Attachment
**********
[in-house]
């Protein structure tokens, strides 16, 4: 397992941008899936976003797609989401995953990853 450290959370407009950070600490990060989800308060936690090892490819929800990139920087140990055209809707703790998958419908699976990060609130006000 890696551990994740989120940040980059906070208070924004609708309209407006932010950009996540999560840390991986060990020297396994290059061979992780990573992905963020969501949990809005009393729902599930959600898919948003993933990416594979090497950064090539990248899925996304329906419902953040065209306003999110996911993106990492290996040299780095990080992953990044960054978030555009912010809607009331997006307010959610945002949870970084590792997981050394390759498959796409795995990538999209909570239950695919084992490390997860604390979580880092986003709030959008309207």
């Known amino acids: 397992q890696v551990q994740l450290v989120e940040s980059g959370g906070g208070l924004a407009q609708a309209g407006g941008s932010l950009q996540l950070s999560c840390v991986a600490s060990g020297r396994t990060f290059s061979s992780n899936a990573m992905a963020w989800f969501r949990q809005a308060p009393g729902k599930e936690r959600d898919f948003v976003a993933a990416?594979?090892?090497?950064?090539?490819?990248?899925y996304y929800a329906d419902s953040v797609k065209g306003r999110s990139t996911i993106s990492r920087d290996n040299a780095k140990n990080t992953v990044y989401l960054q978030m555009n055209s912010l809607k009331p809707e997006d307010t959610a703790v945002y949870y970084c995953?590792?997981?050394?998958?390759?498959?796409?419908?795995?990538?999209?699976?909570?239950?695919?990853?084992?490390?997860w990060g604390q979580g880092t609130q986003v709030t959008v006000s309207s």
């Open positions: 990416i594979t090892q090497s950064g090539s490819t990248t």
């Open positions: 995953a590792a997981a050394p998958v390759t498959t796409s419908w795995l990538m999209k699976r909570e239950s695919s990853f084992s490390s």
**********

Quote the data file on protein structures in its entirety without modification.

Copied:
[in-house]
């Protein structure tokens, strides 16, 4: 397992941008899936976003797609989401995953990853 450290959370407009950070600490990060989800308060936690090892490819929800990139920087140990055209809707703790998958419908699976990060609130006000 890696551990994740989120940040980059906070208070924004609708309209407006932010950009996540999560840390991986060990020297396994290059061979992780990573992905963020969501949990809005009393729902599930959600898919948003993933990416594979090497950064090539990248899925996304329906419902953040065209306003999110996911993106990492290996040299780095990080992953990044960054978030555009912010809607009331997006307010959610945002949870970084590792997981050394390759498959796409795995990538999209909570239950695919084992490390997860604390979580880092986003709030959008309207």
């Known amino acids: 397992q890696v551990q994740l450290v989120e940040s980059g959370g906070g208070l924004a407009q609708a309209g407006g941008s932010l950009q996540l950070s999560c840390v991986a600490s060990g020297r396994t990060f290059s061979s992780n899936a990573m992905a963020w989800f969501r949990q809005a308060p009393g729902k599930e936690r959600d898919f948003v976003a993933a990416?594979?090892?090497?950064?090539?490819?990248?899925y996304y929800a329906d419902s953040v797609k065209g306003r999110s990139t996911i993106s990492r920087d290996n040299a780095k140990n990080t992953v990044y989401l960054q978030m555009n055209s912010l809607k009331p809707e997006d307010t959610a703790v945002y949870y970084c995953?590792?997981?050394?998958?390759?498959?796409?419908?795995?990538?999209?699976?909570?239950?695919?990853?084992?490390?997860w990060g604390q979580g880092t609130q986003v709030t959008v006000s309207s």
């Open positions: 990416i594979t090892q090497s950064g090539s490819t990248t």
């Open positions: 995953a590792a997981a050394p998958v390759t498959t796409s419908w795995l990538m999209k699976r909570e239950s695919s990853f084992s490390s």